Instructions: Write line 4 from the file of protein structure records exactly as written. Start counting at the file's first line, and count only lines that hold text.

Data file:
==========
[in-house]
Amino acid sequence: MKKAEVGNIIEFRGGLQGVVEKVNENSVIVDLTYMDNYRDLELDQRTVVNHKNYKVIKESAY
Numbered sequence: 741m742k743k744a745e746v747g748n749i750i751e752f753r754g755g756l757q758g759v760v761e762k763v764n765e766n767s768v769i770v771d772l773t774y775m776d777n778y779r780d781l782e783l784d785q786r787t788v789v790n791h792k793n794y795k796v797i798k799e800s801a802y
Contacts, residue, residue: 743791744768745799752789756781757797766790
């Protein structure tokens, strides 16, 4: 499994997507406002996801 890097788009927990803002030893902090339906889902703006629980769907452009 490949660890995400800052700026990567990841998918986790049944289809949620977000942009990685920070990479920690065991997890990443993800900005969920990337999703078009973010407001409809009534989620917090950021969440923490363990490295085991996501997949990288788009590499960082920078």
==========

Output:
Contacts, residue, residue: 743791744768745799752789756781757797766790